Cultural Resources MOUs and PAs

2012 MOA between the Bureau of Land Management – CA, The U.S. Army Corps of Engineers, San Diego Gas and Electric Company, and the California State Historic Preservation Officer regarding the East County Substation Project in San Diego County, California. Memorandum of Agreement focusing on cultural resources and setting agreements on stipulations designed to take into account the adverse effect of the project on historic properties, provide for mitigation measures to resolve such adverse effects, and comply with Section 106 of the National Historic Preservation Act.

CapX2020 Hampton-Rochester-La Crosse 345 kV Transmission System Improvement Project Final Programmatic Agreement. Programmatic agreement between proponents, state historic preservation offices, and Tribes that sets procedures and guidelines for cultural resource studies.

Example Biological Resources MOUs

2011 MOU between FERC and the U.S. Fish and Wildlife Service regarding implementation of Executive Order 13186 “Responsibilities of Federal Agencies to Protect Migratory Birds.” MOU identifies responsibilities of both parties by minimizing adverse impacts on migratory birds and strengthening migratory bird conservation through collaboration between FERC and the U.S. Fish and Wildlife Service.


General Memorandums of Understanding (MOUs) Information

MOU development provides a forum and opportunity for collaboration and interaction between parties involved in a transmission line or other energy facility siting/permitting process. It can provide formal structure to a process, by accomplishing the following:

  • Defining roles and responsibilities of participants;
  • Establish process for working together;
  • Establish joint goals, agreed-upon principles that can be referred to when parties disagree;
  • Establishing trust between stakeholders;
  • Facilitate understanding between stakeholders;
  • Establishing framework for working across agency boundaries, and formalizing interagency relationships;
  • Establish agreed-upon technical standards and mitigation approaches;
  • Establish funding sources/mitigation fund accounts;
  • Establish a schedule;
  • Establish single environmental review document/procedure; and
  • Establish data exchange process or data sources [1]

One way to foster agreements between federal and state agencies in resource management may be to develop resource-specific MOUs. Resource-specific MOUs may be used as a way to establish a forum for discussion and agreement on resource study approaches. MOUs are recognized in cultural and biological resource circles as Programmatic Agreements (PAs). There are two general types of PAs –

  • Project-Specific PAs describes actions of parties in order to meet environmental compliance responsibilities for a specific project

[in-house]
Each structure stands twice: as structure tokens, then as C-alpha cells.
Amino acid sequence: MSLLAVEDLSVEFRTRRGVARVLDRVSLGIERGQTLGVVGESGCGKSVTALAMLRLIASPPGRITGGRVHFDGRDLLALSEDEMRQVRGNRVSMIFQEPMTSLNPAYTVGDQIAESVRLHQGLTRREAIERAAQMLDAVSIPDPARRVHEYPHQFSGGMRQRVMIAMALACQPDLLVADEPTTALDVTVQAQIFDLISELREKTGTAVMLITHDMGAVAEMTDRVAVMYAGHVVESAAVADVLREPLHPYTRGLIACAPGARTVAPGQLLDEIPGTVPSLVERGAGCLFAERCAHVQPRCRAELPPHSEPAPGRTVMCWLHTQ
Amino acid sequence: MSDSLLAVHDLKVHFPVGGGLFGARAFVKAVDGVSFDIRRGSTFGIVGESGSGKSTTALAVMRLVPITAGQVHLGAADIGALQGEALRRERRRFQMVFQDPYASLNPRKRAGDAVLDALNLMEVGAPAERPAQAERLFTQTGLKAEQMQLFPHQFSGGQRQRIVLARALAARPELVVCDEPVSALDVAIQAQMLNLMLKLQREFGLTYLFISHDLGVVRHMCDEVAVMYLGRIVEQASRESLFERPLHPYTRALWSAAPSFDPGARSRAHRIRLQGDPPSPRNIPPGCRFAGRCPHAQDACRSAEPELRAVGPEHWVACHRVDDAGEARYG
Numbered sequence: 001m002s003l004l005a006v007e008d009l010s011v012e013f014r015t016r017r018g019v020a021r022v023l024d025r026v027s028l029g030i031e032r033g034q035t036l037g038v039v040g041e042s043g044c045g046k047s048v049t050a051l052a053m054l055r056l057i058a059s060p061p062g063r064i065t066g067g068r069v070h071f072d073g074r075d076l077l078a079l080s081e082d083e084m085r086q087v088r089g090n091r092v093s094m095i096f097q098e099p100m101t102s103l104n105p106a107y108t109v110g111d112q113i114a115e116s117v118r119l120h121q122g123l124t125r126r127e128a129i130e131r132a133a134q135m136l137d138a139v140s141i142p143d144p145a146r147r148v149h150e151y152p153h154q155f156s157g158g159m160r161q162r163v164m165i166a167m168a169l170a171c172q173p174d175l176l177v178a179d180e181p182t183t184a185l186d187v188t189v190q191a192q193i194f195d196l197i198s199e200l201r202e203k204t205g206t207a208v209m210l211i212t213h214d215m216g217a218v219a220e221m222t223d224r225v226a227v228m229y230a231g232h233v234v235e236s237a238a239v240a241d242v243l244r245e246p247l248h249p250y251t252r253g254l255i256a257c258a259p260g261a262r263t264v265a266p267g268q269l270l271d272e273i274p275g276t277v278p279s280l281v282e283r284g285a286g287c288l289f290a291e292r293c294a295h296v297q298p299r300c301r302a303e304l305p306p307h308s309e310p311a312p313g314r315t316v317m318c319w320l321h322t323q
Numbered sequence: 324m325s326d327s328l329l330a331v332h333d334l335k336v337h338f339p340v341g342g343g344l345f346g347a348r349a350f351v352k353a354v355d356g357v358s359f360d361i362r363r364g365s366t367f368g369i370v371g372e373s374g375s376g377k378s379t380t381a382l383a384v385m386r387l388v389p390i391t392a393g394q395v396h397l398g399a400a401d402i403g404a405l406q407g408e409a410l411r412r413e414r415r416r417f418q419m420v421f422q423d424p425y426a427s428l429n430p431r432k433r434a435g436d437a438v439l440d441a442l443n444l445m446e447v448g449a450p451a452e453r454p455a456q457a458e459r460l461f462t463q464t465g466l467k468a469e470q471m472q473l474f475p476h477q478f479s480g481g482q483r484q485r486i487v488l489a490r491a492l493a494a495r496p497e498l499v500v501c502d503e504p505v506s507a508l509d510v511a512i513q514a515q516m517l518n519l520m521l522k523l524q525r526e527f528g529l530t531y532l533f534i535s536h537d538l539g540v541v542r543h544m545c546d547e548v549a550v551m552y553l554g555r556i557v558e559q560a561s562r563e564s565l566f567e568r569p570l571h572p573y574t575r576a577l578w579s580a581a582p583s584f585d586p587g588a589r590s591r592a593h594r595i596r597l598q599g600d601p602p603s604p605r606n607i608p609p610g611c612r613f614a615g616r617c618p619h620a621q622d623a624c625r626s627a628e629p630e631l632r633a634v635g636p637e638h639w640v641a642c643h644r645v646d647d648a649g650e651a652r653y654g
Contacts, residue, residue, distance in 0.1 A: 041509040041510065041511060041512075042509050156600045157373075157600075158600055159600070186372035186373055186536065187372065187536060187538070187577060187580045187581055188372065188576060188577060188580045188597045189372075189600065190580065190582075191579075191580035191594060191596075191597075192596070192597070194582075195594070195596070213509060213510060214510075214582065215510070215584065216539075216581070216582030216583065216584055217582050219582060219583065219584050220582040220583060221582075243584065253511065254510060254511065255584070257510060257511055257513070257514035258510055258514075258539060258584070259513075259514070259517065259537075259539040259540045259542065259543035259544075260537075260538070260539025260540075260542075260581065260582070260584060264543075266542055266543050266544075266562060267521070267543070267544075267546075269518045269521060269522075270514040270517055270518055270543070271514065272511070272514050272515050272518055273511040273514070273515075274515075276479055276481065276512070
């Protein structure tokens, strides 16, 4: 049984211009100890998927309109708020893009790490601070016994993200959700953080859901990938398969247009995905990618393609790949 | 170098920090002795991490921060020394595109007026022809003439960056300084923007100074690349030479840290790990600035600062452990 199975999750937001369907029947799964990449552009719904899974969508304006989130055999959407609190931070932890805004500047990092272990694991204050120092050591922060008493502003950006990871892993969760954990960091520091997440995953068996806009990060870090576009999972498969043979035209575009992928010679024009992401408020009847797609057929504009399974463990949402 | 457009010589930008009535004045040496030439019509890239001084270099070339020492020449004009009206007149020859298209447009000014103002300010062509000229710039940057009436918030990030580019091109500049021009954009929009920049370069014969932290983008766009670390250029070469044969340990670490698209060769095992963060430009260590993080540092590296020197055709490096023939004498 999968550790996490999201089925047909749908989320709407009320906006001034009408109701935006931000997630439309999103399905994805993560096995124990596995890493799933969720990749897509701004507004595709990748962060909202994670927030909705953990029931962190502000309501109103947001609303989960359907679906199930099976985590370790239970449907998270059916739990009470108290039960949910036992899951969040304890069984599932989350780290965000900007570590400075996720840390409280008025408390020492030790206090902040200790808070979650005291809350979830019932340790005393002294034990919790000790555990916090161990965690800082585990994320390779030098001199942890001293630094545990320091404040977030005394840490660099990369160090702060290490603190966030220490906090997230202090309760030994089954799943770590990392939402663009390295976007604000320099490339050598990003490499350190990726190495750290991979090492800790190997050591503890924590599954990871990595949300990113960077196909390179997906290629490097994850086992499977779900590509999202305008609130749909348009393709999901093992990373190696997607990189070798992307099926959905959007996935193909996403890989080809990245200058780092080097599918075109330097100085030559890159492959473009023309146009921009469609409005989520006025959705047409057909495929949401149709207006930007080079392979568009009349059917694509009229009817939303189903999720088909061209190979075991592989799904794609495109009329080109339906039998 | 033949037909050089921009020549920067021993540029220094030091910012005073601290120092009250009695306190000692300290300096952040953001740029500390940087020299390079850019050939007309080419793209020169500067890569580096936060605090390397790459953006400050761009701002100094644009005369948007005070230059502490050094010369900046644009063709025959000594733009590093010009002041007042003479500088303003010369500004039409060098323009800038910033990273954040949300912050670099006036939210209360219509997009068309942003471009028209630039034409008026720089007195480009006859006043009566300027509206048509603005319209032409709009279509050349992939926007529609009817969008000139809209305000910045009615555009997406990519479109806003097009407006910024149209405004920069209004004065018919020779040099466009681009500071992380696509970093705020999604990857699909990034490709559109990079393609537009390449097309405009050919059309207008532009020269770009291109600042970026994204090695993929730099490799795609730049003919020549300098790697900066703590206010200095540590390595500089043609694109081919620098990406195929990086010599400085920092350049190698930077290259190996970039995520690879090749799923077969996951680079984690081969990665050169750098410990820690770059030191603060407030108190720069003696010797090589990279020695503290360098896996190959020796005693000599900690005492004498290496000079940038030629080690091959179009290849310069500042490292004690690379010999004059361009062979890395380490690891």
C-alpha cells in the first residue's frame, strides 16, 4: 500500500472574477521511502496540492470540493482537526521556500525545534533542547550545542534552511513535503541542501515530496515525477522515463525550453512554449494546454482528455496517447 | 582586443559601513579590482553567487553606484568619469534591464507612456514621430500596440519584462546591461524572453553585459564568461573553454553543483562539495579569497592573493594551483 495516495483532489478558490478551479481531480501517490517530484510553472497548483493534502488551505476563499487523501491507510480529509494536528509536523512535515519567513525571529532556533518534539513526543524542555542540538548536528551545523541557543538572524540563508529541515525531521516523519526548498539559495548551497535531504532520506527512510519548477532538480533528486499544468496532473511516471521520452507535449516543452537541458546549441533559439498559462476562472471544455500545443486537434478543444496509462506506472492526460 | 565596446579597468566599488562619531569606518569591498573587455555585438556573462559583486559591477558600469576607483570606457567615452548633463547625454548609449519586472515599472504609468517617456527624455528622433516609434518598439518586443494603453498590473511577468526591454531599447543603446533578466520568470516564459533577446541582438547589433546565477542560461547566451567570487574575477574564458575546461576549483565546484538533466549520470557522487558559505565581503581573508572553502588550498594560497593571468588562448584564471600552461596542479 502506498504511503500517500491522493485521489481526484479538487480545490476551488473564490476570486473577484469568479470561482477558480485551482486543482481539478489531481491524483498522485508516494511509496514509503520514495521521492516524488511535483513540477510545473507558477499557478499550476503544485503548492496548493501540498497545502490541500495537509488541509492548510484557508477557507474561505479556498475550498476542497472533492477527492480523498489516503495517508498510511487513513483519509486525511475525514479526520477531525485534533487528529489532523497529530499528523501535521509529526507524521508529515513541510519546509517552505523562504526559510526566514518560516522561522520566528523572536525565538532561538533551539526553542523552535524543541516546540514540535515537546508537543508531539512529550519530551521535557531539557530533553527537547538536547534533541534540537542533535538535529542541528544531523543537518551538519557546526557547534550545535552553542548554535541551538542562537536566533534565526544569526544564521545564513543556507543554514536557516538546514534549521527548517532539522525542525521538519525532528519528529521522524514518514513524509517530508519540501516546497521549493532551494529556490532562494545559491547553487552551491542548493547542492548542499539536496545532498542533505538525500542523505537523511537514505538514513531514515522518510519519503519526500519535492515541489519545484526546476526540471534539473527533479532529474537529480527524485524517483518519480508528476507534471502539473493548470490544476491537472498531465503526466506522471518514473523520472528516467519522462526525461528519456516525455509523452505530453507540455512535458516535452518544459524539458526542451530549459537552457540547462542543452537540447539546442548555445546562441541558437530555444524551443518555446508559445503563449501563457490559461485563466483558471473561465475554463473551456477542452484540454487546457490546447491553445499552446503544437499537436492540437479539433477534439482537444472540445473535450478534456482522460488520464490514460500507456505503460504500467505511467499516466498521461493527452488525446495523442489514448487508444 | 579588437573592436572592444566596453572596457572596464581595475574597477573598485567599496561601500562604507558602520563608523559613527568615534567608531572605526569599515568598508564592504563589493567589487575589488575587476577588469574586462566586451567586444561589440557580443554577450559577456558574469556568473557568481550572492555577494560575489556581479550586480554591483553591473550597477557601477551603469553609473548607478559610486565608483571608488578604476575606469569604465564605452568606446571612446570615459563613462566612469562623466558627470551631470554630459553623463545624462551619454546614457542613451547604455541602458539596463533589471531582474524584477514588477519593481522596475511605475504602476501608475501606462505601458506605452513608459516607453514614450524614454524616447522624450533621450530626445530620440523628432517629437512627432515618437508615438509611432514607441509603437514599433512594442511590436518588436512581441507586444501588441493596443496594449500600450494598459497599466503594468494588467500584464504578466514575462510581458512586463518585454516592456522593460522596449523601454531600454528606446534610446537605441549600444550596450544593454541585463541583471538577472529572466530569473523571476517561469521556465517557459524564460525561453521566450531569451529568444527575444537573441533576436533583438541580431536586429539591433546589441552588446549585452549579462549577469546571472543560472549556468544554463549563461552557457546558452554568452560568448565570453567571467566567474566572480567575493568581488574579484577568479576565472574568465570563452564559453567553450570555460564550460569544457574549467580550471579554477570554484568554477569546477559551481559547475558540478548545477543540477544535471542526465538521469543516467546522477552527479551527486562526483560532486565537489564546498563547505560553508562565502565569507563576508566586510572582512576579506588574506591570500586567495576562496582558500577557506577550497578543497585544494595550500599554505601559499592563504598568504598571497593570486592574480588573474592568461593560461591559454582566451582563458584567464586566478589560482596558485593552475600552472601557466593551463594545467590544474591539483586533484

• Procedural PAs describe process through which parties will meet compliance responsibilities for agency programs, category of projects, or particular types of resources

Bulk Transmission Specific Information

The types of MOUs most often developed for transmission line projects are interagency “project management” MOUs, which describe how the siting/permitting process will proceed, identifies cooperating agencies, and serves other roles. One of the major roadblocks for interstate transmission development is the fact that resource management practices, study procedures, and data differ across state lines and jurisdictional boundaries. This issue is one that is especially problematic for cultural and biological resources.

Cultural PAs are common in transmission projects. In fact, the BLM is currently drafting PAs for cultural resources for RRTT interstate transmission projects. These PAs may also provide a potentially good outline for biological resource PAs, which are not as common in transmission. Biological PAs appear to be used extensively in transportation projects, as procedural PAs that establish procedures and mitigation strategies for particular types of projects instead of individual project.

In 2009, nine federal agencies signed an MOU regarding coordination in federal agency review of electric transmission facilities on federal lands. The 9-agency MOU sets procedures for federal agency coordination in review of transmission line projects, including establishing a process for selecting lead and federal agencies, which can be very complicated when transmission lines cross multiple jurisdictions and states. The 2009 MOU is provided in a link in the “Examples” section above.




References

  1. 1.0 1.1 1.2 Julia M. Wondolleck, Steven L. Yaffee. 2000. Making Collaboration Work: Lessons from Innovation in Natural Resource Management. 1st Edition. Washington, D.C.: Island Press. 277p.